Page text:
Directed by Gus Van Sant
Written by Gus Van Sant & Blake Nelson
Edited by Gus Van Sant
Cinematography by Christopher Doyle
Cast: Gave Evans, Daniel Liu, Jake Miller, Taylor Momsen & Lauren McKinney
France/USA. 85 minutes. Rated R.
[Article originally appeared: http://thefilmlot.com/tflblogwp/?p=121]
It has already become indie lore that “Paranoid Park”, Gus Van Sant’s new film, was cast through MySpace. It’s not so outrageous when you consider that most of the actors average about 15 years old and, characteristically, Van Sant wanted as natural a cast as possible. In keeping with “Jerry” (2000), “Elephant” (2003), and “Last Days” (2005), the film has that meandering, long take vibe.
The film goes back and forth in time, a popular device these days, but one that works particularly well in a movie that is pretty much a suspense story. Each time the film’s plot is advanced forward you get fed clues to the mystery. The mystery in question is the grizzly death on a set of train tracks located very close to the skateboard park of the movie’s title. Alex (Gabe Nevins), a high school student and skateboarder is experiencing heavy duty problems at home: his parents have split and his cheerleader girlfriend (Taylor Momsen) just seems to be using him to advance her own social status. We see Alex keeping what appears to be a diary throughout and which becomes a central device. It’s also one of the things that humanizes Alex. He comes across as thoughtful and sensitive and even has something resembling a sense of humor. This is what, for me, separates this movie from Van Sant’s other more recent output. Alex’s journey over the course of the few days and the choices he makes clearly shows emotional growth. It’s refreshing in a movie where Van Sant could’ve chosen to show the similar disaffected kids who roamed through Elephant. There is one scene between Alex and his father, who has recently moved out, which is actually quite moving. The father, in spite of his brief screen time, is one of several adults who come across fully realized. Another is a police detective (Daniel Liu) who visits the high school to interview its “skateboarding community”.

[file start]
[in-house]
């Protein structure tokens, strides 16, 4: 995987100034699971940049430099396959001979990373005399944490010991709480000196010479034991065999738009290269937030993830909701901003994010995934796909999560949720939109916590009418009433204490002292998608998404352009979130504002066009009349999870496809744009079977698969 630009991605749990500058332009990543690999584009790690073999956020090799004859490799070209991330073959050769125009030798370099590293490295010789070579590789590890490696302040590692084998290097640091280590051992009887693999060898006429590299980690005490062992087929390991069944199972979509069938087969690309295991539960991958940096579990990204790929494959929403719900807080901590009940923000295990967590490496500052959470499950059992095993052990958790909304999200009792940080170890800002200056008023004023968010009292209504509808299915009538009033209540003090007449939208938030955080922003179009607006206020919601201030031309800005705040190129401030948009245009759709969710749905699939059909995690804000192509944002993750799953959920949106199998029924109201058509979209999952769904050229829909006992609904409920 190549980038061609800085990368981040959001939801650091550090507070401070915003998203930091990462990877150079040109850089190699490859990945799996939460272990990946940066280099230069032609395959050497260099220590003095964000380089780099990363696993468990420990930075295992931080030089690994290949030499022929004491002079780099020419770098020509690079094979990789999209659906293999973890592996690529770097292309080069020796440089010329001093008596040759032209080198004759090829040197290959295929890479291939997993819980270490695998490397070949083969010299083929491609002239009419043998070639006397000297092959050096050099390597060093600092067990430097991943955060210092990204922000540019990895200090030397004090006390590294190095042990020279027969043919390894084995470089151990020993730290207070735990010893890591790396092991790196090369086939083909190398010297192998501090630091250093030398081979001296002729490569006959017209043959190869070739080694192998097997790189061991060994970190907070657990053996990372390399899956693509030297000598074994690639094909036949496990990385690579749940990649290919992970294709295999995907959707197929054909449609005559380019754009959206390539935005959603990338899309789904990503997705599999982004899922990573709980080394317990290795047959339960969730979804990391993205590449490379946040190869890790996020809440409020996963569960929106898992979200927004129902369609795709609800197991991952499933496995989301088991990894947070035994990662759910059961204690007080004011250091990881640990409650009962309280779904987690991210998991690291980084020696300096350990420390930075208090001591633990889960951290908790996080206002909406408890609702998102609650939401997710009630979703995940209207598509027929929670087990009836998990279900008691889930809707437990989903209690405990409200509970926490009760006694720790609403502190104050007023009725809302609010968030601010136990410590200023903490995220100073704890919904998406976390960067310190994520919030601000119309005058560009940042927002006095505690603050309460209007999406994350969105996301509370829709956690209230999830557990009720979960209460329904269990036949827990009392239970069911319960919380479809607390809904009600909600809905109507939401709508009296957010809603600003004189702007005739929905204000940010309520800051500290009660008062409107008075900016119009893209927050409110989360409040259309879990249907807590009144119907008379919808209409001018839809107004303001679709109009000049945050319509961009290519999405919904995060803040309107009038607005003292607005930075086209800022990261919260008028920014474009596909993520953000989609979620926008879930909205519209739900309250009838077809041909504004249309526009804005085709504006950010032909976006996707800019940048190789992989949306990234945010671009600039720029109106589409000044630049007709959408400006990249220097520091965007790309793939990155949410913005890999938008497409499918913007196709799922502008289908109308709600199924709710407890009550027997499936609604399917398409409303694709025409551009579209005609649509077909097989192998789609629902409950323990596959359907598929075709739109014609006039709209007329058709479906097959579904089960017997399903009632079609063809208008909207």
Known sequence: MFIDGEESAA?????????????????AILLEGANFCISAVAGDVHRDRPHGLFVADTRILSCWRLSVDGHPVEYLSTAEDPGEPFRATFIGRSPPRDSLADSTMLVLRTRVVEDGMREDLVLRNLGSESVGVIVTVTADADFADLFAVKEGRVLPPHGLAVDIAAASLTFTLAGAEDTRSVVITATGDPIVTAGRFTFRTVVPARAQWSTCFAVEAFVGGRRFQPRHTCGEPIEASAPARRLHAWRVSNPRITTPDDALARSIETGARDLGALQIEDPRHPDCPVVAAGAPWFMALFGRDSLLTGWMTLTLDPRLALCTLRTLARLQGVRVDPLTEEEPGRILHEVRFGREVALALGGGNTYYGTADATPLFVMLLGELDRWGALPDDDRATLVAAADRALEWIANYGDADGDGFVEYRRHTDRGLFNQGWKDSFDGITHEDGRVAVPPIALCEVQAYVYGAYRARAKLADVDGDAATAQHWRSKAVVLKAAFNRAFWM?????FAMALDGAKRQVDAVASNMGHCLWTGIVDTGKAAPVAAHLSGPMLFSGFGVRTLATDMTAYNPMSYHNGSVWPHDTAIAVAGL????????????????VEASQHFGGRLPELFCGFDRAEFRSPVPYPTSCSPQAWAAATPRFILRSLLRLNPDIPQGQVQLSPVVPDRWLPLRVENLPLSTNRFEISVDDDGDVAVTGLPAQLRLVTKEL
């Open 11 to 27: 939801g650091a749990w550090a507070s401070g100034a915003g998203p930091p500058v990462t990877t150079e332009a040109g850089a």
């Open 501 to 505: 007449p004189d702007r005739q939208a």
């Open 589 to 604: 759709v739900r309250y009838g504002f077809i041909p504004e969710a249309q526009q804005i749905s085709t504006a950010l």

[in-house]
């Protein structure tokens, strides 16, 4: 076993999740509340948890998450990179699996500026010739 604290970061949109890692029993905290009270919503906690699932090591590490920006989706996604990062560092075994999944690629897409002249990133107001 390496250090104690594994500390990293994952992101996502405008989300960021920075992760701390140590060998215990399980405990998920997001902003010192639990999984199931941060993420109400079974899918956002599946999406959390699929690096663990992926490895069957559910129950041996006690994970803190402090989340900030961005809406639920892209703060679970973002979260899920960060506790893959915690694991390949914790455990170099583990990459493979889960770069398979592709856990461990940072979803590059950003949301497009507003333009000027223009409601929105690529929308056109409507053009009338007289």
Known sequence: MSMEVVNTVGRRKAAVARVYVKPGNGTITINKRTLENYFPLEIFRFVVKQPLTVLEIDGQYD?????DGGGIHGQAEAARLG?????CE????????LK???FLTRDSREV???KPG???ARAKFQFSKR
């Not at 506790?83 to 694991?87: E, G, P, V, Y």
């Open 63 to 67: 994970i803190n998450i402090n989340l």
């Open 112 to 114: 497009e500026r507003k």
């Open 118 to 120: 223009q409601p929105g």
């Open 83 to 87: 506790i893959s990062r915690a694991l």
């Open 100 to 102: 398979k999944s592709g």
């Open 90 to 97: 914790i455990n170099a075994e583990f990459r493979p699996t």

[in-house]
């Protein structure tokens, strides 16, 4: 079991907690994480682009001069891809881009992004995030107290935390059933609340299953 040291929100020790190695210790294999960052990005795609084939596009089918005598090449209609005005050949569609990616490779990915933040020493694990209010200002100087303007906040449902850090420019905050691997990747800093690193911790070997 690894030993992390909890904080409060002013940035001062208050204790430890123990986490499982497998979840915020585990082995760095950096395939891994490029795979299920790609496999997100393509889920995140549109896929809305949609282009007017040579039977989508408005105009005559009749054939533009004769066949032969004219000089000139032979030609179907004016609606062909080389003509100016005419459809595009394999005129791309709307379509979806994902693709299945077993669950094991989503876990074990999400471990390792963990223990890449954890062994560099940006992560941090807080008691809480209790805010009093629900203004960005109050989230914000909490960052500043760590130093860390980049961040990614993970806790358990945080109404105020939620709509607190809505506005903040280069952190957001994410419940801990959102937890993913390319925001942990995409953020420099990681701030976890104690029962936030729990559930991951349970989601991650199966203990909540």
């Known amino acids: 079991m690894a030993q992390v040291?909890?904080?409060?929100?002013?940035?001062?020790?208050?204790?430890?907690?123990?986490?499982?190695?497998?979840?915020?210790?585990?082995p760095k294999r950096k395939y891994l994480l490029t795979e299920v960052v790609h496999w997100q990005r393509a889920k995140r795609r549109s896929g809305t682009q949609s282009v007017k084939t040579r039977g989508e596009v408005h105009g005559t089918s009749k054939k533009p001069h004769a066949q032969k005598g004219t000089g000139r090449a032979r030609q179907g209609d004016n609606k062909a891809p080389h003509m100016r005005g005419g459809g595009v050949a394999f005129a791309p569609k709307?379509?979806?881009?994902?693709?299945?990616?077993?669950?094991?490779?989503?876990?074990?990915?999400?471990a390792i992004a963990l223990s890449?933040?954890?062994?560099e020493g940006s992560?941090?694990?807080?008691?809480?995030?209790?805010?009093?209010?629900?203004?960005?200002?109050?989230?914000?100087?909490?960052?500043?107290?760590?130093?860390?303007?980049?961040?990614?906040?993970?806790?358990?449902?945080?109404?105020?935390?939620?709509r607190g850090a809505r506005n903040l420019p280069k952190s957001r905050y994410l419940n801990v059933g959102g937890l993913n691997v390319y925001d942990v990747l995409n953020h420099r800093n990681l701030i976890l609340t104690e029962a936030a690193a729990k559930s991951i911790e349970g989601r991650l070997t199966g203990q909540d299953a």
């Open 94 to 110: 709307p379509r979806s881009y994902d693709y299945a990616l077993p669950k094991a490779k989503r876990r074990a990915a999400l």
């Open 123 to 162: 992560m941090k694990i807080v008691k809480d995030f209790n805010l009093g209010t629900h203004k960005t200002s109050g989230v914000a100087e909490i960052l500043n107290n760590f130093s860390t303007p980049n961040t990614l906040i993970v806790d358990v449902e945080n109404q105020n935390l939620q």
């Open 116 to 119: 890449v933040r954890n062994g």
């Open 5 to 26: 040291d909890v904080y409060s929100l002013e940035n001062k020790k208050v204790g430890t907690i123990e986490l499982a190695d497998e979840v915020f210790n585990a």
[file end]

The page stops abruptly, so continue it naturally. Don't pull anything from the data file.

Having been an enormous fan of Van Sant’s earlier work — I hate when people say that — especially “Drugstore Cowboy” (1989) and “To Die For” (1995), I’ve been less devoted in recent years. But one must give Van Sant his due. He continues to be one of the most experimental filmmakers and true to his own artistic vision. “Paranoid Park” just happens to be his most accessible film in a while. Also worth noting is the most exciting soundtrack since “Punch-Drunk Love”. It’s at once unnerving and breathtakingly lovely.